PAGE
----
I also had a wonderful experience today at Atma Jaya’s other campus, a regular university that boasts of “seventeen different faculties!” There I was greeted by a handful of eager students who, before the concert and after I sang one song for the noon liturgy, crowded around me in the small vesting room in the rear of the chapel while I ate the boxed vegetarian lunch that they had provided, asking me all kinds of questions, taking my picture, trying out their English (and laughing a lot at each others’ mistakes), and generally having a great time. I was pretty impressed by how friendly and forward they were. A good handful of others joined us for the event itself, which was pretty much the same format as the day before. I was surprised and happy to note that two students all the way from the other campus across the town showed up with three other of their friends who had missed the event the day before.

I had met one kindred spirit on the retreat this weekend, a fellow guitar player named Lembono. He wanted to talk about music and play for me something he had written himself. That led to us hanging out together a good deal over the weekend, walking and talking over meals. I told Maisie later that if he lived in Santa Cruz he would be part of our “tribe.” Last night he came and fetched me. Our plan was for him to show me “the real Jakarta.” It was great fun. We walked around Chinatown, and it was here that I learned the Indonesian term bule (pronounced “boo-lay”). It’s not a pejorative term, but it means “white people” or, more literally, “blondes,” but meaning really “tourists.” He said about the narrow streets and back alleys of Chinatown, “You see, there are no other bule here!”

It was, again, difficult for us to find vegetarian food there though. What is only now starting to sink in to me––this was the same situation in Bangkok––is that most of the fried noodles and stir fried anything on the street––including my pad thai noodles on Kaosan Road in Bangkok, as Willie clarified for me after the fact––are cooked in lard, “pig oil,” as Lembono calls it. I laughed, remembering my yoga teacher in Rajpur yelling out to us one day seemingly clear out of the blue, “No yoga for pig eaters!” So we didn’t actually get to eat at a non-bule place as I had hoped but wound up in old Jakarta, near the art museum and a beautiful public plaza surrounded by old Dutch colonial buildings, at the Batavia Cafe. (As opposed to Batavia, Illinois, I found out later that this is pronounced “Ba-tah-via,” and was the Dutch name for Indonesia when it was their colony.) I had to pinch myself to remind myself where I was. It was a spacious Dutch colonial building, high-ceilinged and full of rich wood; there was a Western menu (though I did choose from the Asian one) and dozens of black and white photographs all over the walls, mostly 30s and 40s era Hollywood glamour shots and what I would call very hip mid-twentieth century East Coast ones as well. We sat in very comfortable chairs and ate and talked for a good long time, with music from the same era being pumped in––Benny Goodman, Bing Crosby, Tex Benake. Then I figured it out: World War II. It was a pre-World War II era hotel that never really changed since then but just kept modernizing and somehow enshrined that era. It was clean and beautiful, with huge displays of cut flowers all over the place, obviously a pretty sophisticated joint, mostly appealing to the bule. After we ate we wandered up the wide, carpeted staircase to the bar and dining room upstairs, which was better lit and even fancier. The walls here were covered with pictures of royalty and historic government personages, both Dutch and Malaysian. Lembono suggested that we stay a little longer, so we sat at the long bar, sipping nothing more than lemon tea but talking away another hour or so, as I continued to marvel at this place out of time, feeling a long, long way from home geographically and time wise, but quite re-invigorated from hanging out with a someone who felt like an old friend for an evening.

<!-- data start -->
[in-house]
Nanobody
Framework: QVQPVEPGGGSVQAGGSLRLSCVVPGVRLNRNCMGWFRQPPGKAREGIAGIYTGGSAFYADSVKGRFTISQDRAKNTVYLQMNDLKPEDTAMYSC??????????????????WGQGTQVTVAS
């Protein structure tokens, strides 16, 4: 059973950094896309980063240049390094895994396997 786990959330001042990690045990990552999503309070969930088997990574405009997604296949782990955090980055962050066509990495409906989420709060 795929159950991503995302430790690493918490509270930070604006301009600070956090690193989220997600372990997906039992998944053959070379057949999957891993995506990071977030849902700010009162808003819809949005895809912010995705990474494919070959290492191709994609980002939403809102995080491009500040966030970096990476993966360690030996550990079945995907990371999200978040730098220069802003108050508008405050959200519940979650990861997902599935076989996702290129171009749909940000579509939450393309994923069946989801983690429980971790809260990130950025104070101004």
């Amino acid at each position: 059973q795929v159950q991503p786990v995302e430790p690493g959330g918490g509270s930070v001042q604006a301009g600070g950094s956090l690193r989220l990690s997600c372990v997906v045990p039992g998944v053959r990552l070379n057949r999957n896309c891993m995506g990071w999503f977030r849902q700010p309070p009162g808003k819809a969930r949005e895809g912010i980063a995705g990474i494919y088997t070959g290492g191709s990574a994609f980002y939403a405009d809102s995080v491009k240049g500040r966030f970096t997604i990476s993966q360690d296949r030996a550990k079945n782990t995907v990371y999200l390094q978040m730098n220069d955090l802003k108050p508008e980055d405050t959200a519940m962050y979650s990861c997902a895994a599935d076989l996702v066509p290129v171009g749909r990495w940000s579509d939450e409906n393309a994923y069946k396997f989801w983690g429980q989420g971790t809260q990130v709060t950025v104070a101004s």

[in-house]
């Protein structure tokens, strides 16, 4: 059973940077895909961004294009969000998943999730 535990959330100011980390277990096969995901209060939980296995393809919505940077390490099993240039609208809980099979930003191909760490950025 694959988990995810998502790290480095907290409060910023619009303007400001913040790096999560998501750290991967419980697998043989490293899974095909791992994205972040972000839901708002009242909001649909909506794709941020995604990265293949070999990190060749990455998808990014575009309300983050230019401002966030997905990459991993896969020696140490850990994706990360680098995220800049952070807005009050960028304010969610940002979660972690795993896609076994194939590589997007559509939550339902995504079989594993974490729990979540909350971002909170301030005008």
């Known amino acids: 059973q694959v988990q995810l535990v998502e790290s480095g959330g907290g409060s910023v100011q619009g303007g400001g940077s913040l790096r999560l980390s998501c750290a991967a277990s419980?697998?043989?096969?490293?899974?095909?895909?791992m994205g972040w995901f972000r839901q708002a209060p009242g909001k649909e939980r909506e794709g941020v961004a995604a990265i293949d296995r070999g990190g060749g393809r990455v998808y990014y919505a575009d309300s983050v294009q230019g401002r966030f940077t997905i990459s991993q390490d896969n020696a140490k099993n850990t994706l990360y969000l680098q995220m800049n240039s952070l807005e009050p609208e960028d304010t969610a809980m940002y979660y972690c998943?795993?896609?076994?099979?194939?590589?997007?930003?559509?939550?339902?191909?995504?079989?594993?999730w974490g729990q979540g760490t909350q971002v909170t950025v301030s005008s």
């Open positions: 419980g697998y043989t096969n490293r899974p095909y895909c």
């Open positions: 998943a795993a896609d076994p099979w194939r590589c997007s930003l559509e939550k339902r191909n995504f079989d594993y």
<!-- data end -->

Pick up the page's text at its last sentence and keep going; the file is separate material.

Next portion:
* * *

wed, 4 march 09